New Netflix email scam phishing for credit cards 

Posted by Emmanuel Marshall on 29 March 2018 at 09:45:05 AEDT

 
A new Netflix email scam attempting to steal credit card information has been detected by MailGuard.

The scam message tells the recipient that Netflix ‘failed to validate’ their payment and that they need to log into their Netflix account to ‘verify’ their ‘billing and payment details’.

In the screenshot below you can see the scam Netflix email message:

 180329-netflix-1


 

The message warns the recipient that ‘failure to complete the validation process’ will result in their Netflix account being cancelled. This attempt to create urgency in the would-be victim is a classic hallmark of email scams. The criminals hope that making their victim feel stressed or flustered will avoid them noticing anything suspicious and encourage them to go along with the scam.

If the victim does click on the ‘verification’ link in the email they are taken to a phishing website set up to look like a real Netflix login page:

 

180329-netflix-2



The fake login page will collect the victim’s email address and Netflix password and then send them to a page that harvests their credit card details including 3 digit security code and expiry date:

180329-netflix-5a

 

This scam has been very well executed with high quality graphical elements in the email message and phishing page, so it’s easy to imagine that it could potentially trick a lot of unsuspecting people.

This is not the first Netflix based scam MailGuard has seen recently. Netflix is a popular and well trusted company, so their branding makes a good lure for cybercriminals looking to deceive people. 

If you see an email from Netflix today, please exercise caution and make sure it is a legitimate communication before you open it.

 

About phishing


Phishing is a cybercrime technique that uses fraudulent email messages or websites that are used to gain access to victim’s personal information. Typically, a would-be victim of phishing will receive an email message pretending to be from a trusted source such as a financial institution or telco. The scam email will instruct the recipient to log into their bank account, credit card account, etc and the link provided will direct them to a fake website controlled by cybercriminals. When the victim enters their personal data it is captured by the criminals and then sold or exploited. Many phishing attacks are very expertly designed and victims are often none-the-wiser until it is too late.

 

Brandjacking: a Growth Industry

 

Scams in which criminals create a fake email or website that looks like one from a well-known company is known as ‘brandjacking’. This scam format has a high success rate for cybercriminals because it taps into subconscious trust cues.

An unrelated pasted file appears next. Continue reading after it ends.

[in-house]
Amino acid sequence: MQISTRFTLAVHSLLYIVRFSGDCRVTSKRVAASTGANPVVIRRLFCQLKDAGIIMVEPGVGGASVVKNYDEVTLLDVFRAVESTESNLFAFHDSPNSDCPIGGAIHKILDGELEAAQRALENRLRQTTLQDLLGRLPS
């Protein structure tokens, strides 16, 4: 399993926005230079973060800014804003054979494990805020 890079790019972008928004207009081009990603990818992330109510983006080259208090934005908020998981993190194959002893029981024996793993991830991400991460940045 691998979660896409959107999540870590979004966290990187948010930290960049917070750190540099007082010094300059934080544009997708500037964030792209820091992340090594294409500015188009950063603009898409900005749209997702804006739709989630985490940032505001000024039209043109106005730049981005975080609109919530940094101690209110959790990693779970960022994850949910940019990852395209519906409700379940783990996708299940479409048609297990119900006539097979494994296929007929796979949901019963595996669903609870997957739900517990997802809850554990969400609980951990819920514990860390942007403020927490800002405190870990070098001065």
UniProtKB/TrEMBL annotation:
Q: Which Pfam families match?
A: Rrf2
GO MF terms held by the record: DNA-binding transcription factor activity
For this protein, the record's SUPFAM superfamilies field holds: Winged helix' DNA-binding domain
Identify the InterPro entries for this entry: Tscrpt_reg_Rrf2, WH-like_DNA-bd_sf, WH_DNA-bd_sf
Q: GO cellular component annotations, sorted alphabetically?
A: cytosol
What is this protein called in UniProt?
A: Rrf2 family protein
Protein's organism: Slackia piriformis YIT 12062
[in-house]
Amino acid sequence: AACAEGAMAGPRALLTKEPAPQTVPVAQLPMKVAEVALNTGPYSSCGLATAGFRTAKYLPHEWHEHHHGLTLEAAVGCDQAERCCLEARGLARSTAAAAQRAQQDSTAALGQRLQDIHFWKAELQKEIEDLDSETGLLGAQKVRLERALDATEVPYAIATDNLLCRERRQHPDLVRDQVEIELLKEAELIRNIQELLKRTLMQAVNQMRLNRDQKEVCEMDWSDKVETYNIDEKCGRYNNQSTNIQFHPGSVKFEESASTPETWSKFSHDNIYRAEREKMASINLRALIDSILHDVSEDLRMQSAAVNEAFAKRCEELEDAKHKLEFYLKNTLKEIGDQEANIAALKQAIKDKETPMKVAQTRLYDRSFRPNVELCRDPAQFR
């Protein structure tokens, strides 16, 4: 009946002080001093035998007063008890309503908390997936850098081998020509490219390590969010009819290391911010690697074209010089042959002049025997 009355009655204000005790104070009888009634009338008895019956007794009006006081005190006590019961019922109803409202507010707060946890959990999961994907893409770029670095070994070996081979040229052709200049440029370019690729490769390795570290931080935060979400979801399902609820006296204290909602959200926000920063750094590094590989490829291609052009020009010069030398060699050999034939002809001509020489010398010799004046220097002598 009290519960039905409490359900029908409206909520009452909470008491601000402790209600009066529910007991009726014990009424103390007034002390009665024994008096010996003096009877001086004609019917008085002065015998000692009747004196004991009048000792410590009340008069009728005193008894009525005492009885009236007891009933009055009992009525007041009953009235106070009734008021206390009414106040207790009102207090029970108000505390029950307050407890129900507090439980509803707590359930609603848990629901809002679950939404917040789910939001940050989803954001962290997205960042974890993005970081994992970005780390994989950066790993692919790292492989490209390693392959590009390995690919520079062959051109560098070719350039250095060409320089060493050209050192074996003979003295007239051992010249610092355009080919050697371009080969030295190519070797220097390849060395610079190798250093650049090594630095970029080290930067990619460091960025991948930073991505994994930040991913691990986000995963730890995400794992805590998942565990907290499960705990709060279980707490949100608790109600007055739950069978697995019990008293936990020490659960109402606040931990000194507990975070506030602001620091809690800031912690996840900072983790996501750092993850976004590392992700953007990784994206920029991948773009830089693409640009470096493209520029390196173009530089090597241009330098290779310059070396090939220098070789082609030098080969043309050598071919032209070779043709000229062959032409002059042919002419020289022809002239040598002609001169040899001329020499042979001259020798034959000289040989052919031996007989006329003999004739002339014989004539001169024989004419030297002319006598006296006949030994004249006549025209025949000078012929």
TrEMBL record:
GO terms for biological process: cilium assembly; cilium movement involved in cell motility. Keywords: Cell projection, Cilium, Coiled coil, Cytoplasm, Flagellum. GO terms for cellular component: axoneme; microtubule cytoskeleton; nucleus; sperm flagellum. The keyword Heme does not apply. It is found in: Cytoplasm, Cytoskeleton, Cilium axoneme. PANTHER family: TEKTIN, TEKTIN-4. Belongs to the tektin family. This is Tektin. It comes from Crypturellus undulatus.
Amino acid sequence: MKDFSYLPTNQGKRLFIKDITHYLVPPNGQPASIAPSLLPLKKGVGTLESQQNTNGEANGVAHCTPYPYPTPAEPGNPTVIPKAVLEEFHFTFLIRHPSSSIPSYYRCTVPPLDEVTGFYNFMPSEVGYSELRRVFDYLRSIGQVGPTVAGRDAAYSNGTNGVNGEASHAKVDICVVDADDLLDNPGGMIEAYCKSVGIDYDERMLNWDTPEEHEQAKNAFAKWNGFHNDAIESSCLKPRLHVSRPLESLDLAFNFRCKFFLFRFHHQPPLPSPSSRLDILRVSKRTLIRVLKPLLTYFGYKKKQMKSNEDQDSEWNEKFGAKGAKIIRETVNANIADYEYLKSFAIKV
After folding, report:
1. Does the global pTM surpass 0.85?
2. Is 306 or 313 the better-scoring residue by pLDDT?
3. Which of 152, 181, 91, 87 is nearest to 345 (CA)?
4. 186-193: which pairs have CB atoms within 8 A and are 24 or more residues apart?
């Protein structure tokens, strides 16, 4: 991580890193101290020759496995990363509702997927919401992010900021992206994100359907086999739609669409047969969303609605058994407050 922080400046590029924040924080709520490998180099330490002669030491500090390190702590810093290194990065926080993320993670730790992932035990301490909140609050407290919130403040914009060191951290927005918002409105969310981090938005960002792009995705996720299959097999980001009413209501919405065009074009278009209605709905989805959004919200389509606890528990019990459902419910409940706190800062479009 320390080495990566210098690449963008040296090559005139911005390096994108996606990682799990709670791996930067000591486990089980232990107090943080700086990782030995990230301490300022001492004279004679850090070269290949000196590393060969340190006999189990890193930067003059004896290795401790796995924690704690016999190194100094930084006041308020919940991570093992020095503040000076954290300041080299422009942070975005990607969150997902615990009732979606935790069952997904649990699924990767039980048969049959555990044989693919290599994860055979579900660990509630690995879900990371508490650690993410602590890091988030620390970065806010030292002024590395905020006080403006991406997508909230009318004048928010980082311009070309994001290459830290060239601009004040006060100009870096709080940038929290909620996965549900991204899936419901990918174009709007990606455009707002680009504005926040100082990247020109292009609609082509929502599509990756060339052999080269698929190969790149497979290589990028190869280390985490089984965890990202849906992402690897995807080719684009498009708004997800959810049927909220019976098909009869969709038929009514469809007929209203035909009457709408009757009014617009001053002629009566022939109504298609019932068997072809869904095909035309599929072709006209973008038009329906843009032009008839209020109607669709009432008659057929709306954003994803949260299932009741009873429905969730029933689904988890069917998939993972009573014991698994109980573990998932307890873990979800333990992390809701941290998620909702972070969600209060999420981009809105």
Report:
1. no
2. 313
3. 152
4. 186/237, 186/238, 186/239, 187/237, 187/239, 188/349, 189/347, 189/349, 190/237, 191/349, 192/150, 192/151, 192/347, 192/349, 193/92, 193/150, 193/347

In an article about brandjacking, MailGuard CEO Craig McDonald wrote:

"Marketers have known for years how to leverage our subconscious to make us spend; '90% of all purchasing decisions are made subconsciously' according to ISPO.com.  So, our happy subconscious clicking - the trust that we place in brands - is putting us all at risk.
Brands that are regularly being exploited by criminals include (but not limited to); financial institutions; telco's; utilities; and media companies, like Netflix on this occasion.
Criminals on the internet are more persistent, more cunning and better organised than ever before. They are masterful marketers, and they've learned how to ride on the back of big brand's trust-building to achieve their goals."

 

The Biggest Cybersecurity Threat

 

More than 90% of internet crime is perpetrated via email. Most people cannot recognise the tell-tale signs of a criminal email and will click on dangerous messages without thinking twice. In fact, 97% of people can't discern phishing emails from the real thing, and of those, nearly 25% will click on dangerous links.

Millions of criminal-intent emails are sent every second of the day, so the odds are good that some of those emails are probably in your team’s email inbox right now.

If you get an email from ‘Netflix’ this week, think before you click.

There are a few ways you can check if an email is a scam:

  • Generic greetings, such as ‘Dear customer’
  • A sense of urgency: “Ensure your invoice is paid by the due date to avoid unnecessary fees”
  • Bad grammar or misuse of punctuation and poor-quality or distorted graphics
  • An instruction to click a link to perform an action
  • Obscure sending addresses that don’t match the real company’s domain URL
  • If in doubt, type the web address (URL) directly into your browser rather than clicking the link, or better still phone the company.

 

Defend your inbox

Phishing attacks can be enormously costly and destructive, and new scams are appearing every day. Don’t wait until it happens to your business; take action to protect your company from financial and reputational damage, now.

Effective cybersecurity requires a multi-layered strategy. For a few dollars per staff member per month, add MailGuard's predictive email security. You’ll significantly reduce the risk of malicious email entering your network. Talk to an expert at MailGuard today about your company's cybersecurity needs: 1300 30 44 30

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Topics: Phishing scam email brandjacking scam alert Netflix scam; Threat Update

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